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Leading Economic Indicators Hit 10-Year High

The U.S. Index of Leading Economic Indicators (LEI) is as high as it's been in over a decade, according to data released Friday.

Designed by The Conference Board, a private business group, the LEI is a composite of 10 indexes to signal peaks and troughs in the business cycle. In addition to hitting a new high mark, the LEI in February surged higher by six-tenths of 1% for the third consecutive month. It was the sixth straight month of gains in the index - a significant acceleration.

A forward-looking component of the LEI, the new orders index, rose more than any of the 10 sub-indexes, which indicates the pipeline of new business about the enter the supply-chain pipeline is loaded up and that increase in activity can be expected to start trickling down on the economy in the weeks ahead.

"Widespread gains across a majority of the leading indicators points to an improving economic outlook for 2017, although GDP growth is likely to remain moderate," said Ataman Ozyildirim, director of business cycles and growth research at The Conference Board. "Only housing permits contributed negatively to the LEI in February, reversing gains over the previous two months."

In the six-month period ended February 2017, the leading economic index increased 2.3% - about a 4.6% annual rate. That's much faster than the growth of 0.8% (about a 1.6% annual rate) during the previous six months.

The good news on the LEI followed news on Wednesday that the consumer price index - a widely watched barometer known as the "headline" inflation rate - rose sharply to 2.8%. However, other measures of inflation were closer to the Federal Reserve's target rate of 2%.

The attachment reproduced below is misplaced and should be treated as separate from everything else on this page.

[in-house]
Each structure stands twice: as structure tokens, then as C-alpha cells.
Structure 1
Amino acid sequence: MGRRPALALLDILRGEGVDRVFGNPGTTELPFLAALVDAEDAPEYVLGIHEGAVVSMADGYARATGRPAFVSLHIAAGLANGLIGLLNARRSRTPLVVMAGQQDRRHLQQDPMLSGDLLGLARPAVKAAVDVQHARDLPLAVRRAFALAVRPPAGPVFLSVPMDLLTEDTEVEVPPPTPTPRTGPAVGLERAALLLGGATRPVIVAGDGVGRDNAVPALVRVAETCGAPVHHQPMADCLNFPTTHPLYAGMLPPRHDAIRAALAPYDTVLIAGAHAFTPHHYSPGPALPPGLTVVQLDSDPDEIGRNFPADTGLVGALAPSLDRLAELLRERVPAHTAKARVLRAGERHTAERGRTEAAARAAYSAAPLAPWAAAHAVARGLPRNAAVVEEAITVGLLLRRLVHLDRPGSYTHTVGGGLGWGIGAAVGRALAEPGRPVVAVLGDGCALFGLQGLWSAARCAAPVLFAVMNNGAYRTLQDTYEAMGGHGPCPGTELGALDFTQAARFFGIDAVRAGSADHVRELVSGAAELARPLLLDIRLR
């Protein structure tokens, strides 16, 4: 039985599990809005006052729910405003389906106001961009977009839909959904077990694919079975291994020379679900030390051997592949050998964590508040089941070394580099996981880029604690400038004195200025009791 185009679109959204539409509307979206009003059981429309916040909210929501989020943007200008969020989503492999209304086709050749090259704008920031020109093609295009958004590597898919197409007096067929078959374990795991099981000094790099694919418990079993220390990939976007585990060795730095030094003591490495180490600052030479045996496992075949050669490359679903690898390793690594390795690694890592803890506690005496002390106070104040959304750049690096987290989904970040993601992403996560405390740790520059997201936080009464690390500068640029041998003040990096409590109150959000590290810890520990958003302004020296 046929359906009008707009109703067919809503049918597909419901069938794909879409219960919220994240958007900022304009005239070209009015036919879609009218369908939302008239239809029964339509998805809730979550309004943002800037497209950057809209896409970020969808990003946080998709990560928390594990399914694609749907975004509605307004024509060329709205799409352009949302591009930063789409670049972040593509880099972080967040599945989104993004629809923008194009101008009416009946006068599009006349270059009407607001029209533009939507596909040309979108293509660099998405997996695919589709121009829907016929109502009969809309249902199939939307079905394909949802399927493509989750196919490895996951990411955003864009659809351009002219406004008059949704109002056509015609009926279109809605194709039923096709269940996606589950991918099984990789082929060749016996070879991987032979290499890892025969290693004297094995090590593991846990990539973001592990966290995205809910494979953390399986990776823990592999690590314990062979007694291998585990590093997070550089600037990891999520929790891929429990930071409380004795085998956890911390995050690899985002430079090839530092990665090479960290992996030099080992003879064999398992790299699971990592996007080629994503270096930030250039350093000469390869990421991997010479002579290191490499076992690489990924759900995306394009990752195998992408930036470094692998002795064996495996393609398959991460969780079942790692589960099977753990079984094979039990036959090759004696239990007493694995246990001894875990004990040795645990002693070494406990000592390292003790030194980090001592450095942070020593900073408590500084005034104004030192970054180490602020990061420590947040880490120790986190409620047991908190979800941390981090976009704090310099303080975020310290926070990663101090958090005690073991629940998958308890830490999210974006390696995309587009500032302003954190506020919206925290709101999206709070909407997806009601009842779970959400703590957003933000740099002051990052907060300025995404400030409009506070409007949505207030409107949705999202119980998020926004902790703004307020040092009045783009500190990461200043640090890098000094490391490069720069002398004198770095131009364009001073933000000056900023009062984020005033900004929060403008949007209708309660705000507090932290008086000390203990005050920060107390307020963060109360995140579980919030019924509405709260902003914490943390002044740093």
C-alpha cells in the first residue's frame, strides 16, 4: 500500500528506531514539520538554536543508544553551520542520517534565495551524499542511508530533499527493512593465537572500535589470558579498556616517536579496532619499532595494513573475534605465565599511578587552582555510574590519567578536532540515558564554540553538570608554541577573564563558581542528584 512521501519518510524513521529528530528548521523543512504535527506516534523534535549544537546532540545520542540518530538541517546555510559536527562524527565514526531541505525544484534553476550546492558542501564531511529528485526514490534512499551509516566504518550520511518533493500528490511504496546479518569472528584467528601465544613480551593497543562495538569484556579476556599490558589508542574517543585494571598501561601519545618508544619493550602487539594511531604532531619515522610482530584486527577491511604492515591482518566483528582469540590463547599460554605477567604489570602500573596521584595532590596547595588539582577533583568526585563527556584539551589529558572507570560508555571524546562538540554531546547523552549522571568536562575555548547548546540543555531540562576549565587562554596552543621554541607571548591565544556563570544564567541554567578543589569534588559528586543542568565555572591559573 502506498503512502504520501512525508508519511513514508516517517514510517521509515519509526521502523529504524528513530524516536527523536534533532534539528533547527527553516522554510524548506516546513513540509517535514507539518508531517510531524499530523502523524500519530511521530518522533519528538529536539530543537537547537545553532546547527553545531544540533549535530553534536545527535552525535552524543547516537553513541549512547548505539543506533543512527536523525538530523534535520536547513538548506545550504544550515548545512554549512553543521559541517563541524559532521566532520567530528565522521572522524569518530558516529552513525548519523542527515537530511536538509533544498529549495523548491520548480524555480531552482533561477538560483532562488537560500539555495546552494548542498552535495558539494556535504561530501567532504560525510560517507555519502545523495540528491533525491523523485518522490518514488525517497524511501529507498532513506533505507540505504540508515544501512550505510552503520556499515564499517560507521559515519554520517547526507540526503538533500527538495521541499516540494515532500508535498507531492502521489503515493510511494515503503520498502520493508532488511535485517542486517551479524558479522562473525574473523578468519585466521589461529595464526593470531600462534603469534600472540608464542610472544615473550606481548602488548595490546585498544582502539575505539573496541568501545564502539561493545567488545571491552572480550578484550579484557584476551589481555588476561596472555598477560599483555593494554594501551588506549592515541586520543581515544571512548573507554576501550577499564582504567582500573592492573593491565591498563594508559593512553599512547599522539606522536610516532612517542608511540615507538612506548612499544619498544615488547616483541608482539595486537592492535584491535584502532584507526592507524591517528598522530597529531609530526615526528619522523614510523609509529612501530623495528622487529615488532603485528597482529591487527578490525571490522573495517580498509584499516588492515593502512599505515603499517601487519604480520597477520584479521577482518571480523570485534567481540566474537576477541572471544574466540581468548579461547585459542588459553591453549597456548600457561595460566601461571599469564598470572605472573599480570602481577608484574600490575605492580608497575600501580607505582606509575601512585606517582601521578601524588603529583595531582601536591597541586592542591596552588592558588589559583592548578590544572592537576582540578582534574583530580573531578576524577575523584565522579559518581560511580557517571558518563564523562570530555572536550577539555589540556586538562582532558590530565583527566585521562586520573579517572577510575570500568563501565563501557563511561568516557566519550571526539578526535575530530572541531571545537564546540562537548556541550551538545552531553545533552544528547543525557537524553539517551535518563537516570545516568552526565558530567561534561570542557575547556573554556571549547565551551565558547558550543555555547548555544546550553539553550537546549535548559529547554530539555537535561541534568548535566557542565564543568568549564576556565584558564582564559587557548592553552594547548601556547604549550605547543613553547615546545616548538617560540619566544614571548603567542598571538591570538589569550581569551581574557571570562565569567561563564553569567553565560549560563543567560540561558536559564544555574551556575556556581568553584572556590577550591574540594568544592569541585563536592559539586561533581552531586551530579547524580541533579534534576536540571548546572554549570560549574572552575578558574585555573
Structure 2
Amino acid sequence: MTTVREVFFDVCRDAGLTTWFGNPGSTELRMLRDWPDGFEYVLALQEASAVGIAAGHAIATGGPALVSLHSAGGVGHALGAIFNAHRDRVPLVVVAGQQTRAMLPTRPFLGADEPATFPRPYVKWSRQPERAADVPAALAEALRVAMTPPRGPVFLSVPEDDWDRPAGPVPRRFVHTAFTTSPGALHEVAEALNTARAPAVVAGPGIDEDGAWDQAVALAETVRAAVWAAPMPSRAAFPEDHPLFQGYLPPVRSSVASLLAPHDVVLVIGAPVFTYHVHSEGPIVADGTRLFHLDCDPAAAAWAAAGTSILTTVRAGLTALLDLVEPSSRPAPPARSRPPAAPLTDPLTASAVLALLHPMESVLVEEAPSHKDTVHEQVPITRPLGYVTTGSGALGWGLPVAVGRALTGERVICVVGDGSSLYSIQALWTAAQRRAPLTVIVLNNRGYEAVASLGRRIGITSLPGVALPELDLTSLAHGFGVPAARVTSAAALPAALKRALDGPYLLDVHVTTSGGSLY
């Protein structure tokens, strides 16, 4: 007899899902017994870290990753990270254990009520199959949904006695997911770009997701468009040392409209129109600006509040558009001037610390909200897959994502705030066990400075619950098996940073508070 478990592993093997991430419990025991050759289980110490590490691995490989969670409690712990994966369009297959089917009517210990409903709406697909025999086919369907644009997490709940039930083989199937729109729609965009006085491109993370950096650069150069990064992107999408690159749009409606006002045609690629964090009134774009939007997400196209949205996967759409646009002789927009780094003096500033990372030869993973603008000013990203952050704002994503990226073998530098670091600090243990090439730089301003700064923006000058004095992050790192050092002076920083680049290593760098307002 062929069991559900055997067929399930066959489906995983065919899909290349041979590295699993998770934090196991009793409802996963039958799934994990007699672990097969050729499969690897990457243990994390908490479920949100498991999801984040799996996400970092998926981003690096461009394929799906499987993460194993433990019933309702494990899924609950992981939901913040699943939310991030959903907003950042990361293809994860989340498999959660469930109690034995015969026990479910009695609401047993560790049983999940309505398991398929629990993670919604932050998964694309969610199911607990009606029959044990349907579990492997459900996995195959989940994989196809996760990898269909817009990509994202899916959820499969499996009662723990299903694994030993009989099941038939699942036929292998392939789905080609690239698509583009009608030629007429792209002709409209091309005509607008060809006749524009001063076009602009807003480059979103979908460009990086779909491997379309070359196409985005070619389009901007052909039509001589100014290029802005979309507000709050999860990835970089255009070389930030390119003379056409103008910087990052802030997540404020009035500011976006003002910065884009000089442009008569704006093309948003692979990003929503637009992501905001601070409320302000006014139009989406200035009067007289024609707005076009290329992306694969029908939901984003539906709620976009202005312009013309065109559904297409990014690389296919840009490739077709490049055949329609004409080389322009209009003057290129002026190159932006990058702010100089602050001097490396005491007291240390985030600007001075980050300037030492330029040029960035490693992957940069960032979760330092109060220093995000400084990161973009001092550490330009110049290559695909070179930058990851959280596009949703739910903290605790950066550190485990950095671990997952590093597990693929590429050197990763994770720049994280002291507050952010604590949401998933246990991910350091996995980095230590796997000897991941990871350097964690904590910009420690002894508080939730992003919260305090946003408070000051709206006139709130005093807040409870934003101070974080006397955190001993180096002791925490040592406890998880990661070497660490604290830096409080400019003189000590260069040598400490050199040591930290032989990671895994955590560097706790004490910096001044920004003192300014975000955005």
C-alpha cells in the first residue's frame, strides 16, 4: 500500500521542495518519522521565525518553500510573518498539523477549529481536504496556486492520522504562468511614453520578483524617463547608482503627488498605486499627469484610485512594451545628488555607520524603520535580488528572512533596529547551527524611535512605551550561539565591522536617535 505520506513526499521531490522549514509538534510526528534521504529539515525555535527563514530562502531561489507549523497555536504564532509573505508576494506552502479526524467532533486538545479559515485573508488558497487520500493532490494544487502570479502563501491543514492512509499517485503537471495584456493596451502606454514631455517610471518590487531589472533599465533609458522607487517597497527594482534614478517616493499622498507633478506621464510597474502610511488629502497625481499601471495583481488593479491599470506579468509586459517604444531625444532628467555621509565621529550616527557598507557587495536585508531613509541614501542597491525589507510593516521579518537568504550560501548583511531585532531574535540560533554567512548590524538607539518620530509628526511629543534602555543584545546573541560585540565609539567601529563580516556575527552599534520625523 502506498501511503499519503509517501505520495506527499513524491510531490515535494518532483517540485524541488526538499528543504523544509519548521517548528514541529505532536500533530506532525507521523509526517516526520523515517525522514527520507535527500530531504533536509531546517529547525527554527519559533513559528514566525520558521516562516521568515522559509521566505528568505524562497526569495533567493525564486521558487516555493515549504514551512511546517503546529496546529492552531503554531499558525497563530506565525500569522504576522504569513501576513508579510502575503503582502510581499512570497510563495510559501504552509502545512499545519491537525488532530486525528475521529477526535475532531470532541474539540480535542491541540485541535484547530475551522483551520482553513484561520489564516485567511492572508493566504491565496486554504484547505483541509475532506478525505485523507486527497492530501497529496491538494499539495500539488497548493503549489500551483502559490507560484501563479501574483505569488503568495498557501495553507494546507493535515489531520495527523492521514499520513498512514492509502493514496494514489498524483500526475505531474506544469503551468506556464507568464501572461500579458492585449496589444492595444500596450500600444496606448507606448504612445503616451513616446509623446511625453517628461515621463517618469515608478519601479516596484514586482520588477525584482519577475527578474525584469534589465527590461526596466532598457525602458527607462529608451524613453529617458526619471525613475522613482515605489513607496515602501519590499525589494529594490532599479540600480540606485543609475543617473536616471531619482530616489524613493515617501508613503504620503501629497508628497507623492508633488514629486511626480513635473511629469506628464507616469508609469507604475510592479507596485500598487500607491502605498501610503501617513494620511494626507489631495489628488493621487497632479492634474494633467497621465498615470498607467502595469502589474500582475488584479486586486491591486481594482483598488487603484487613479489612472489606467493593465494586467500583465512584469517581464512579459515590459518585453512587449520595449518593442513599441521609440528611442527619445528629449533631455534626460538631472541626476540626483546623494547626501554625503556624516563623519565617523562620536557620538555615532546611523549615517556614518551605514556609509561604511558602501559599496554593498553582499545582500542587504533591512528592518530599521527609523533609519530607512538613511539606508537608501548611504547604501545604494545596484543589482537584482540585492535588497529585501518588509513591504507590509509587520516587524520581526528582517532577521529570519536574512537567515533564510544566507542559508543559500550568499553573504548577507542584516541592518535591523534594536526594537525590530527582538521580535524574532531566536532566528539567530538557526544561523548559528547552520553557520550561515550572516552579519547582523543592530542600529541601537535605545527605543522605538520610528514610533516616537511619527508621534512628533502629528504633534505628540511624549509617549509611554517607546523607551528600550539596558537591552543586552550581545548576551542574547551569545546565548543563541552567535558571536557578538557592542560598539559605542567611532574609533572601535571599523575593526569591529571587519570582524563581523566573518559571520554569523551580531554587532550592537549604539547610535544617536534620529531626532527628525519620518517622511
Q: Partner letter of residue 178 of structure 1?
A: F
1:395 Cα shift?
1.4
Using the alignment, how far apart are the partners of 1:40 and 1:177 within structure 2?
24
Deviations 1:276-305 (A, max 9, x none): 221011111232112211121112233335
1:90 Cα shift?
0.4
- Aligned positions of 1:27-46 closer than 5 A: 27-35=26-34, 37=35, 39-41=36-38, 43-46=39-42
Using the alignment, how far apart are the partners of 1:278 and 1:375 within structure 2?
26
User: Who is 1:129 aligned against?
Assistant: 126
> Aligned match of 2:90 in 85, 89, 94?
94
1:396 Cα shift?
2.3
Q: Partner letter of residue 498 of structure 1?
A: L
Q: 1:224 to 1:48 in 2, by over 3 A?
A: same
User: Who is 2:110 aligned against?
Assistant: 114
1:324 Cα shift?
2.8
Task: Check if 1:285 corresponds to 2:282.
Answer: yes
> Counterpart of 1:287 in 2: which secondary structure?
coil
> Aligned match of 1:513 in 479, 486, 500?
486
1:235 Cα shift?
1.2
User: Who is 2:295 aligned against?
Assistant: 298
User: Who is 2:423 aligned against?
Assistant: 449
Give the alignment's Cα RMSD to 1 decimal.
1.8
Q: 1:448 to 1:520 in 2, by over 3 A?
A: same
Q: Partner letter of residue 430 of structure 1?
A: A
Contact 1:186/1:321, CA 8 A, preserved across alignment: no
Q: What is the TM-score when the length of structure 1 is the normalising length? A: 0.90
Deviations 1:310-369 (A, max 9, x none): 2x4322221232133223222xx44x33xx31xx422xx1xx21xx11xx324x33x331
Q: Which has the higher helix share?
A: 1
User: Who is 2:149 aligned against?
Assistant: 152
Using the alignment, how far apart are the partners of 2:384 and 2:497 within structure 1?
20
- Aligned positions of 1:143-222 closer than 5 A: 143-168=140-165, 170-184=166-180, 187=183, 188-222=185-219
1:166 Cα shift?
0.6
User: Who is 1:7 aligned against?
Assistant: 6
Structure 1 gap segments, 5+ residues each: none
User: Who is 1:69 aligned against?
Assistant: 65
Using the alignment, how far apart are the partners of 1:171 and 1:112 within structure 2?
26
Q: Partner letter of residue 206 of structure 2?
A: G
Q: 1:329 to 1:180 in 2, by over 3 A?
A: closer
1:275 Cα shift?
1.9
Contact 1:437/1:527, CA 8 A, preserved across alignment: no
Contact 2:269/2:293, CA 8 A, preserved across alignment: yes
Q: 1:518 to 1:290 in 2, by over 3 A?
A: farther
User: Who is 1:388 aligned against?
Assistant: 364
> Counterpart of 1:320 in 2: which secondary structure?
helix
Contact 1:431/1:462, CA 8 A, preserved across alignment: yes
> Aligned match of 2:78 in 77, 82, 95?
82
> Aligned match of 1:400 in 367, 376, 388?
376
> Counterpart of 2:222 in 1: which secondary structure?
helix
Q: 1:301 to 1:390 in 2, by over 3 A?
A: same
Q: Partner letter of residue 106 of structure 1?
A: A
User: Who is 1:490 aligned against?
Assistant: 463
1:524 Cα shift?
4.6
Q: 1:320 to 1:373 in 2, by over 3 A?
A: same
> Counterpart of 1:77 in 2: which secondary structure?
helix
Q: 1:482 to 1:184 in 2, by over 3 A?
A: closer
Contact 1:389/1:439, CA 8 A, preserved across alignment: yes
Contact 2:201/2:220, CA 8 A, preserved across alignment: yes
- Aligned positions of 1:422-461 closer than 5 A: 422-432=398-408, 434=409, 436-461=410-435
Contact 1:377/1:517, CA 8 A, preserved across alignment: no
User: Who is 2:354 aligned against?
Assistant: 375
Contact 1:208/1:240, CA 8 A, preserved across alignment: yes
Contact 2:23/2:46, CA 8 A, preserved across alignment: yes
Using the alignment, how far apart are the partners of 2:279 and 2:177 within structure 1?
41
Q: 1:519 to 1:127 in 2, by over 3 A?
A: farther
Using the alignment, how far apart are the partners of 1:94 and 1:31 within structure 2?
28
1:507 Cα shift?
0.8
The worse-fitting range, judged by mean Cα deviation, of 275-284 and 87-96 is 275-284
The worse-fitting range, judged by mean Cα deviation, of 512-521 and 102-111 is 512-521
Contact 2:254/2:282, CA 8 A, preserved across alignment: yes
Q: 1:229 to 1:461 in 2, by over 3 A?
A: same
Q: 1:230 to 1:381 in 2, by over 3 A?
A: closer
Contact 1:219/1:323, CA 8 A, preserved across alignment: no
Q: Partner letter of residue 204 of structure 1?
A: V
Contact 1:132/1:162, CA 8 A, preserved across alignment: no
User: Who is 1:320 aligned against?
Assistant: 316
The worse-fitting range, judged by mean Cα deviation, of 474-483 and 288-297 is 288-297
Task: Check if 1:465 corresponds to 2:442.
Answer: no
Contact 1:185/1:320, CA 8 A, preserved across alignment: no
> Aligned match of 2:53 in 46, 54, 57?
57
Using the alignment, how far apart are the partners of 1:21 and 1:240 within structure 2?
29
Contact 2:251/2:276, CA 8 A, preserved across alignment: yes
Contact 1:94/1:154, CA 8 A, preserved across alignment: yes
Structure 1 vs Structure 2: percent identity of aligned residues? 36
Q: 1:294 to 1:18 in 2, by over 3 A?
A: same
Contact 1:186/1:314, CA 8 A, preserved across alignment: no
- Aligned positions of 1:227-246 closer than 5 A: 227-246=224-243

The Federal Reserve chair, Janet Yellen, said at a press conference this past Wednesday that the nation's central bank had indeed accomplished its legislatively-mandated mission of promoting full employment while keeping inflation in check. The economy has fully recovered and interest rates have been normalized, marking a long journey back from the near-collapse of the world financial system in 2008.

"The (Federal Open Market) Committee expects that economic conditions will evolve in a manner that will warrant gradual increases in the federal funds rate," according to a statement issued by the Federal Reserve.

For investors, it's wise to expect that long-term bond prices will suffer in the months ahead if the Fed continues to raise rates, as Ms. Yellen said she expected to do. In this scenario, short-term fixed income investments, which offer yields that rise when interest rates are hiked, will be more attractive to income-seeking investors.

The Standard & Poor's 500 index rose fractionally, by 0.2%, for the week, despite the fact that rising rates are usually unwelcome for fear of slowing economic growth and hurting corporate profits. The S&P 500 is within 1% of its record high.

Stocks have soared nearly 12% since the presidential election on November 8, 2016, because economic news has been so bright and investors have begun to expect a major tax break to be enacted by Congress. With political intrigue dominating headlines again last week, however, an enactment of health care legislation as well as a tax overhaul is far from certain, a correction of 10% or 15% is possible at any time.

So, in closing, we remind you that, while he delivered good news on this St. Patrick's Day, the little man is known as a trickster, especially in financial matters.


This article was written by a veteran financial journalist based on data compiled and analyzed by independent economist, Fritz Meyer. While these are sources we believe to be reliable, the information is not intended to be used as financial advice without consulting a professional about your personal situation.

Indices are unmanaged and not available for direct investment. Investments with higher return potential carry greater risk for loss. Past performance is not an indicator of your future results.


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This article was written by a professional financial journalist for McCarthy Asset Management, Inc. and is not intended as legal or investment advice.

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